Three Steps to Mastering Any Skill

Come, grasshopper. Have some tea. Today I teach you the three steps to mastery, as taught to me by the great master, Rabbi Daniel Lapin. Now take the tea cosy off your head and pay attention.

Mastery

There are three steps to mastering anything. Golf, cooking, giving effective presentations. Kung Fu. Leadership. To become a master, these are the steps you must follow.

  1. Learn. You have to go through the motions and get the basics under your belt. Becoming Tiger Woods begins with a tee, a ball, a club, approaching the ball, and a swing. Becoming a great leader begins with reading, studying, seminars. Conferences. Introspection and reflection.
  2. Understand. Before you can proceed, faith is required. You cannot invest the time and energy it will take to achieve mastery unless you have faith that the techniques you are learning will get you there. Understanding how your grip affects your swing, how your stance affects ball trajectory. These things give you faith enough to...
  3. Practice. Armed with the faith that your knowledge is good and your techniques sound, it's time to build up muscle memory. When you step up to the ball under pressure, you don't want to have to consciously think about every technique you've learned. Likewise, when giving a presentation or holding a meeting or counseling a difficult team member, you want your skills to be trained in, running on autopilot, as natural as walking.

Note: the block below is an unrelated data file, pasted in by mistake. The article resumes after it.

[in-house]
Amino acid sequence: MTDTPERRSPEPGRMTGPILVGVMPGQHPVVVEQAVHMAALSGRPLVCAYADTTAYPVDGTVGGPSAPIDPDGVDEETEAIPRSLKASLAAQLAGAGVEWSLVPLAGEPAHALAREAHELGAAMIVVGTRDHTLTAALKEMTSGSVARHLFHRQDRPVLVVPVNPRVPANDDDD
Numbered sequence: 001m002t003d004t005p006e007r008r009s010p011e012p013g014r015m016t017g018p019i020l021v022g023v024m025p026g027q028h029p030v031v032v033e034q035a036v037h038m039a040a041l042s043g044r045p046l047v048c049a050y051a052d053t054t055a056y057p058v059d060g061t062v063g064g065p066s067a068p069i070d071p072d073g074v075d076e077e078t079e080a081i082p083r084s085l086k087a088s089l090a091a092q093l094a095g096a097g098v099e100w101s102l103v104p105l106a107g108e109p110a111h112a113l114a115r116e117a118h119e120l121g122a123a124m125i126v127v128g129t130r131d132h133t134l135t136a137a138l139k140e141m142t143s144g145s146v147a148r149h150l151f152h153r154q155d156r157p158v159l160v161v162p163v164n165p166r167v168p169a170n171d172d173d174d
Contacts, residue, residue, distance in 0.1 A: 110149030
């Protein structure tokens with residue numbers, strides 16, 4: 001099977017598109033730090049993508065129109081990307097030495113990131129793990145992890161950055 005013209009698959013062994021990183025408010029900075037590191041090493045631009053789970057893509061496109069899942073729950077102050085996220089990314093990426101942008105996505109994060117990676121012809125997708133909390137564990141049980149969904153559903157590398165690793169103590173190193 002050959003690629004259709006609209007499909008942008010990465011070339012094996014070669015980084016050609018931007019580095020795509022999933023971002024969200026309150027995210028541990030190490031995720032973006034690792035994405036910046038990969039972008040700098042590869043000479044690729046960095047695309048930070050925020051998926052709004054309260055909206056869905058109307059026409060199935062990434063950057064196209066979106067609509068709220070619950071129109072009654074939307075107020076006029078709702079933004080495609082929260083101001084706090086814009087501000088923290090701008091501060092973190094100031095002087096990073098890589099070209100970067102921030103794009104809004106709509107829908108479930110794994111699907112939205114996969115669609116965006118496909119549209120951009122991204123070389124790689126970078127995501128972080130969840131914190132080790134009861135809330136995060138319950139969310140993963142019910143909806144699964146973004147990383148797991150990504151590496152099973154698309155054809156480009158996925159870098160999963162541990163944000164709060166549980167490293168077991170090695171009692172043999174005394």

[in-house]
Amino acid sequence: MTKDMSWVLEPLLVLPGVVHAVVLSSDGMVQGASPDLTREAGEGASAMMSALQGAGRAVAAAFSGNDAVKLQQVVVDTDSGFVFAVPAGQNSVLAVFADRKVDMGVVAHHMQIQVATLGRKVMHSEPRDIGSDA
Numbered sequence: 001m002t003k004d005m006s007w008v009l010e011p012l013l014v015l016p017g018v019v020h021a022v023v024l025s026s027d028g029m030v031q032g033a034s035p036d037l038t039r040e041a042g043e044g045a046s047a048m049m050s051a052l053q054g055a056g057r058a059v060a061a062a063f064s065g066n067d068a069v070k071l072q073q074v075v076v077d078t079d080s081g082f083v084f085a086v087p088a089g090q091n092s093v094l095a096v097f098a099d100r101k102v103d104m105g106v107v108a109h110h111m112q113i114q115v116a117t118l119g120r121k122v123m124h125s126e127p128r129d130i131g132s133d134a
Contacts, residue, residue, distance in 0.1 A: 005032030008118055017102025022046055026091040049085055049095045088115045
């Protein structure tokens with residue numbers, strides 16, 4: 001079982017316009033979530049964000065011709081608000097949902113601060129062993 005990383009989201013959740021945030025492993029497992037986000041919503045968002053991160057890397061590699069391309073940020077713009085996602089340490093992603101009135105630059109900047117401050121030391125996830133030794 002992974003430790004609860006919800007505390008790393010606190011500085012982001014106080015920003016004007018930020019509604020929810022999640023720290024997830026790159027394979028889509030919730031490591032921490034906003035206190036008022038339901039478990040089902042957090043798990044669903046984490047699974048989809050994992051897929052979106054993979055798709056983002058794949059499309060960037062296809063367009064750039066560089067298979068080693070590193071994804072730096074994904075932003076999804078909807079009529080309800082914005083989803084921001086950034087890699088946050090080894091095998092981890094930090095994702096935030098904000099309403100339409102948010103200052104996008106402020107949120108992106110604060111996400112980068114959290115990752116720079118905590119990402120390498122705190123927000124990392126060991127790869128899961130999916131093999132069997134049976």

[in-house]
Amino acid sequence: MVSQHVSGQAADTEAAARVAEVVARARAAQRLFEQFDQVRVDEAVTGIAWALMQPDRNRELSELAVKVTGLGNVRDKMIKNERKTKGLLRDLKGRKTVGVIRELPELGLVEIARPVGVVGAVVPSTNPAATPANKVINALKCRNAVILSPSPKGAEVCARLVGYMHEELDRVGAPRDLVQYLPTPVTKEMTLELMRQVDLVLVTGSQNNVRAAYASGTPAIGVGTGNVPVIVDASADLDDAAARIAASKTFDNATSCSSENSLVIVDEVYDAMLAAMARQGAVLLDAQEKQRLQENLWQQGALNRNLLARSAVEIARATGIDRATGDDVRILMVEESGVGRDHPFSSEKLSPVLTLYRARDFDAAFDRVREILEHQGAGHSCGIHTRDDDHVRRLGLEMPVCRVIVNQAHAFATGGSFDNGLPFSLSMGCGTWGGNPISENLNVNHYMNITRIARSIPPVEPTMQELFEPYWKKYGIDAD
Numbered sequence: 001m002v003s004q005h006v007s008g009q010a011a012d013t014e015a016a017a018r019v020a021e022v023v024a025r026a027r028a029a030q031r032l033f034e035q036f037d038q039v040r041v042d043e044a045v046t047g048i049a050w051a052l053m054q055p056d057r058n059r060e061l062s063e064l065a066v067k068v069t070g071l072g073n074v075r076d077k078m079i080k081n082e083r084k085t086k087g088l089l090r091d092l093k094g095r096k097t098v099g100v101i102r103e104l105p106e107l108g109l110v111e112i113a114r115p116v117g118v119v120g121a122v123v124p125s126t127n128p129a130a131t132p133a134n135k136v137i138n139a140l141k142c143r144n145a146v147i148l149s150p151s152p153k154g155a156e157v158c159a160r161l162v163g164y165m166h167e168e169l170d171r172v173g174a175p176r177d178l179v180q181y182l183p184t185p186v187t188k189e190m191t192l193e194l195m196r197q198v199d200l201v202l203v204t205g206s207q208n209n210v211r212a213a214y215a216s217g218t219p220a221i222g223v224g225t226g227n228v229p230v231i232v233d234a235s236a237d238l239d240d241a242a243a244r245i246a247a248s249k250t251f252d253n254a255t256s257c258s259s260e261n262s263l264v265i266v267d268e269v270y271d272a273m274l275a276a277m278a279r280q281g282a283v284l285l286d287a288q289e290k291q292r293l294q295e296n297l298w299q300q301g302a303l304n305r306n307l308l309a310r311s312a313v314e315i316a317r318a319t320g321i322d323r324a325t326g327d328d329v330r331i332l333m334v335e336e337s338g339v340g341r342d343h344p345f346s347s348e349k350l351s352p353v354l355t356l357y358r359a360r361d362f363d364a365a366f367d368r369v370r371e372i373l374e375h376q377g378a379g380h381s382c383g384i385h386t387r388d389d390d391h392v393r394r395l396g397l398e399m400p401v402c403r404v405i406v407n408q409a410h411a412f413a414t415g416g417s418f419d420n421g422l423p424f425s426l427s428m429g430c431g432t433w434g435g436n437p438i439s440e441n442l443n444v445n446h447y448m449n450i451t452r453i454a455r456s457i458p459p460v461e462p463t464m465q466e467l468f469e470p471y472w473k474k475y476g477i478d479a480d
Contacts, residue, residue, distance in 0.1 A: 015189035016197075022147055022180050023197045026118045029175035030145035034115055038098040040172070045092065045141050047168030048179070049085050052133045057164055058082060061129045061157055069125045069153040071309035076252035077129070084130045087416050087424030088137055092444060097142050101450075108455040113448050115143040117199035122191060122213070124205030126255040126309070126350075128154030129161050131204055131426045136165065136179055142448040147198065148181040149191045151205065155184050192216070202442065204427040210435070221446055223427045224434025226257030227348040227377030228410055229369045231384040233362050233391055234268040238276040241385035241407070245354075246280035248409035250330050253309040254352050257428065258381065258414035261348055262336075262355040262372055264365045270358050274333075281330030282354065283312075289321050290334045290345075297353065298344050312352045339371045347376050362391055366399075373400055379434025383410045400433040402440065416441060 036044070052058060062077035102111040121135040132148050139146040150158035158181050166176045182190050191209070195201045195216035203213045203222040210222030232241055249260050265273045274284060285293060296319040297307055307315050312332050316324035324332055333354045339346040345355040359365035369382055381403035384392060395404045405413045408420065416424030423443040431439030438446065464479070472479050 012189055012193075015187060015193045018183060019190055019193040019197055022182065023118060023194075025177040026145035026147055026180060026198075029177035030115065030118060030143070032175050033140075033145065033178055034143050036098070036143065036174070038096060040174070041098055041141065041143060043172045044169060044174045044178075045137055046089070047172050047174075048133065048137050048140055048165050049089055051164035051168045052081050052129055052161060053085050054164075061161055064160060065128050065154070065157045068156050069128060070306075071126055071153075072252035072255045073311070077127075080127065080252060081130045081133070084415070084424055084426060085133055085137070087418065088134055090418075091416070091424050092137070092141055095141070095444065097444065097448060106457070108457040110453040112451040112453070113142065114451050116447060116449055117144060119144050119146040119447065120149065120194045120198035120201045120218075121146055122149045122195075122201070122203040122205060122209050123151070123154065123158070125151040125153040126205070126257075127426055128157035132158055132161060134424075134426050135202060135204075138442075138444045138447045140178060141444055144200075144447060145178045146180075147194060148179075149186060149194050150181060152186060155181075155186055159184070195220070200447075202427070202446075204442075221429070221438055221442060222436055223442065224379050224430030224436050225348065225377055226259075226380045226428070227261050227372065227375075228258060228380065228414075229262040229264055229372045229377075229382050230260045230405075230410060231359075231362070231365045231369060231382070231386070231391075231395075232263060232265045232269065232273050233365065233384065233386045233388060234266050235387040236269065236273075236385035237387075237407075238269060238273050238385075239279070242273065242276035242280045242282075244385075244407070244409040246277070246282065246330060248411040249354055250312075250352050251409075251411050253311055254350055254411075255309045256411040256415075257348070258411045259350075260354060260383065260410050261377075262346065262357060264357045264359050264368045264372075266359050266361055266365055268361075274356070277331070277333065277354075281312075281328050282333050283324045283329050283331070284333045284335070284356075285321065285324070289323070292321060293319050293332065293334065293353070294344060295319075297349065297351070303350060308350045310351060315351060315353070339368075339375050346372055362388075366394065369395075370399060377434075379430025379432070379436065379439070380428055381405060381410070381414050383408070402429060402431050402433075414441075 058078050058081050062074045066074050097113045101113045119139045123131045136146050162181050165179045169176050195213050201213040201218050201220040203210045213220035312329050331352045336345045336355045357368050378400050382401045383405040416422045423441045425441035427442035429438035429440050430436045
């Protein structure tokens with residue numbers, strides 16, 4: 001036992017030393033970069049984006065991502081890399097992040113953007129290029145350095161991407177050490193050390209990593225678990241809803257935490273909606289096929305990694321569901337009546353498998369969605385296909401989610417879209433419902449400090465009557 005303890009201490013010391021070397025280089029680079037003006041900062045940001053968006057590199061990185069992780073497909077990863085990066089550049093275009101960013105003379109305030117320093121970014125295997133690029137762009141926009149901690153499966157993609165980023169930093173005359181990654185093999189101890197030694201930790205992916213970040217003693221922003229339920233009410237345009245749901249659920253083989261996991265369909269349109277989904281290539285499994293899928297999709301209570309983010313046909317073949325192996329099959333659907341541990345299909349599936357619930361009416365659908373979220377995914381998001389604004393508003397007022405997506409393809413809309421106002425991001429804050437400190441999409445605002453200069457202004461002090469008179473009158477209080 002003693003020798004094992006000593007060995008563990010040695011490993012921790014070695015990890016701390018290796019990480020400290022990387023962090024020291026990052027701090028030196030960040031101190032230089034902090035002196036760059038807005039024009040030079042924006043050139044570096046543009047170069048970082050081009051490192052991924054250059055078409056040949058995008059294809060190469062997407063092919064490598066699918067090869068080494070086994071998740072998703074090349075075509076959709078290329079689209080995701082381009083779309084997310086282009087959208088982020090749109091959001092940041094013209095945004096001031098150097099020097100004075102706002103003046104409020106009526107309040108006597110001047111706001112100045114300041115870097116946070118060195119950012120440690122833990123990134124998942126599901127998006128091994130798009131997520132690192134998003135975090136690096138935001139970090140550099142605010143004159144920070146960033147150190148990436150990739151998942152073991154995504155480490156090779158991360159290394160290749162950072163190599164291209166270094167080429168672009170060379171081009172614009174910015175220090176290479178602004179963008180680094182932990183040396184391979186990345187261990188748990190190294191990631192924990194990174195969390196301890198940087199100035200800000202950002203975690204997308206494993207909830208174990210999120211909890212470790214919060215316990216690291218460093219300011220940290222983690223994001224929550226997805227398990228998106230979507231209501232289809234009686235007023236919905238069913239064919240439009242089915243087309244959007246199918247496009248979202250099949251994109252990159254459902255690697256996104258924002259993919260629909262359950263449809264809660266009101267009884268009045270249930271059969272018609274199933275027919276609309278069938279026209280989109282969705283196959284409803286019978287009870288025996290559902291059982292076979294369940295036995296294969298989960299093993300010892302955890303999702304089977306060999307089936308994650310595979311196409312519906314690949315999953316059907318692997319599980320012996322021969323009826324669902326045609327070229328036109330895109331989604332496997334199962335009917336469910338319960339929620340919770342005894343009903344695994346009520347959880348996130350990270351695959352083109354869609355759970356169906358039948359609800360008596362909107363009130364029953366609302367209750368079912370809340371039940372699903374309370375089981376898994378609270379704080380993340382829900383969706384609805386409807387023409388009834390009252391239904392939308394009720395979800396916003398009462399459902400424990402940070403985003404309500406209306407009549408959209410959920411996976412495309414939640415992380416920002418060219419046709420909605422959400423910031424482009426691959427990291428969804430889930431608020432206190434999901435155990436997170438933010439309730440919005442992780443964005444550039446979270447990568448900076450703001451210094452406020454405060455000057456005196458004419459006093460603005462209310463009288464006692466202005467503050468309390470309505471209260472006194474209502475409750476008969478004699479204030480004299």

These steps are in order for a reason. You cannot simply learn the forms and then practice them without understanding, for your results will not result in mastery. Neither can you simply learn and understand without practice, for the patterns will never become automatic. Complete mastery only comes when all three steps are followed, in proper order.

Now drink your tea, grasshopper, and get to work. You've got some crumbs on your tunic, there....

Have you tried to skip steps on the road to mastery? How did that work out for you? Add a comment and tell us your story here

Image CC BY-NC-ND 2.0 Luis Milla